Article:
On Wed, 25 Mar 2009, peter sikking wrote:
> Alexandre Prokoudine wrote:
>> There was a somewhat heated discussion of this thread at
>> linuxgraphics.ru forum and here are several examples from people who
>> deal with prepress work on daily basis:
>> 1. Client brings an image for poster in CMYK which needs color
>> correction. Urgent work, not time to ask him to redo it. Double color
>> space conversion is out of question. So he had to use Photoshop from
>> 2. You have a newspaper where first page should have a two-color
>> photo: black (C=0%M=0%Y=0%K<=100%) and blue (C<=100%M=0%Y=0%K=0%).
>> separate+ however separates black to 4 channels.
>> 3. Some print houses set limit to overall sum of colors, for example
>> 180%. So if you take Cyan 100% + Magenta 100% (already 200%) + a
>> little of K and Y this will result in unnatural colors in a newspaper.
>> 4. Live density control for each CMYK channel is a must (Scribus/SVN
>> has that in preview dialog).
>> To me it's somewhat strange that GIMP's product vision doesn't mention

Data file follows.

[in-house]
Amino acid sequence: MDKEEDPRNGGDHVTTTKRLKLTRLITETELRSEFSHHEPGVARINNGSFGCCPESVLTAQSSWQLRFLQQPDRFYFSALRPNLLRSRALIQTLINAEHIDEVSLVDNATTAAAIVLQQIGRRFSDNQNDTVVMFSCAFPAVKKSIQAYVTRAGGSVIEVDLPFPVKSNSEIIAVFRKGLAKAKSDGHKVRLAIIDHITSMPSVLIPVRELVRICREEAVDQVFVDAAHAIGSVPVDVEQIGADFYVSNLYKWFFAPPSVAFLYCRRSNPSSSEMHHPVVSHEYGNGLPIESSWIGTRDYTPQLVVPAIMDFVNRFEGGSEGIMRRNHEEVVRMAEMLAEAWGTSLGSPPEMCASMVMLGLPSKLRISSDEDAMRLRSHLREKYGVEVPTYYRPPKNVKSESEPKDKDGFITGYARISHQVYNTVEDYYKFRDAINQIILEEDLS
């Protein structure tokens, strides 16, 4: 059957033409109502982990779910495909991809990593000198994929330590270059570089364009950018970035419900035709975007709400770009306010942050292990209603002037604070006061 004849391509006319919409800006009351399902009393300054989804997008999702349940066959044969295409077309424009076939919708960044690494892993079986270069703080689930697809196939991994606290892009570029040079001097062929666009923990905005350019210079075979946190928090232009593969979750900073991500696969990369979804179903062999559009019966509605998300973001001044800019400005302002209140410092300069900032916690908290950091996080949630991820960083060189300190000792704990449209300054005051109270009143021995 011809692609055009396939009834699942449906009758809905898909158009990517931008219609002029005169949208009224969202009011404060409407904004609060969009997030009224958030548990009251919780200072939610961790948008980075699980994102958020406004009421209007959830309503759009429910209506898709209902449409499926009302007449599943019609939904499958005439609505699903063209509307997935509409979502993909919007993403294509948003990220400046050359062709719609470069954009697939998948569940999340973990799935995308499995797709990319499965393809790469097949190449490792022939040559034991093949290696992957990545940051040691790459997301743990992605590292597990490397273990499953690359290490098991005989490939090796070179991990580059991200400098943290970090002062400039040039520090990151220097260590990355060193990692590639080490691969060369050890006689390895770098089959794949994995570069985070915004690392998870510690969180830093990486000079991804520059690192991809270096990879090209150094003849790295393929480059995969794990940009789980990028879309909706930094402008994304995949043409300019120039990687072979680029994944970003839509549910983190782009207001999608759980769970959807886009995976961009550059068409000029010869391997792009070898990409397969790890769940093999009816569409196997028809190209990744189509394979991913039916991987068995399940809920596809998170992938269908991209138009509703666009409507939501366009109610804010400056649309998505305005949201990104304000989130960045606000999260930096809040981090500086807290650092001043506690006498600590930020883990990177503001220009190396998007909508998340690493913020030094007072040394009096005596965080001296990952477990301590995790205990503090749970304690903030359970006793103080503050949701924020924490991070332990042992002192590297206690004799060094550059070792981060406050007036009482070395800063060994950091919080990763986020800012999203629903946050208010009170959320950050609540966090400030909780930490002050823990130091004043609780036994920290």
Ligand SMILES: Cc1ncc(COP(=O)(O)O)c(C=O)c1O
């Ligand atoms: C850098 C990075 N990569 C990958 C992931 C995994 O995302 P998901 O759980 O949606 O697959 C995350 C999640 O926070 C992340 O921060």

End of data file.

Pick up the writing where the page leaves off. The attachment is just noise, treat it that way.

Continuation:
>> prepress needs explicitly.
> A vision is an expression of the project of what they want
> the software to be.
> There is choice in there, and the user community cannot demand
> that GIMP does certain things. For instance making web mockups
> (including the required html + css generation) is explicitly not
> Now what about that prepress. I think it is fairly safe to say
> that scribus' vision is to be prepress-king and GIMP should watch
> it not to want to overlap too much in that department. Everything
> in the above examples that reeks of newspaper, publications or
> multiple pages is a job for scribus. They want to do this.
Scribus is vector-based, not raster based.
I do not believe that Scribus has any intent to be allow
raster-based editing, but I could be wrong.
I have CC'd the Scribus list. Let us hear their opinions. Does
Scribus intend to allow people to tackle the problems listed
Or would you be able to trap the following image with Scribus?
> The vision does speak about creating original art and I am all for
> it to bring this original art to the printing press. And not via
> the print dialog (I am also mr. openPrinting) but those printing
> presses that have operators. From the description above you can
> see what is should be like: first you create the art, then you
> bring it to the press. Mix master tape (in rgb) and then cut
> the lp (in cmyk).
As someone who works in prepress, I can tell you that when we
take it from original artwork to press, we have to run any raster
artwork through Photoshop or a competing product.
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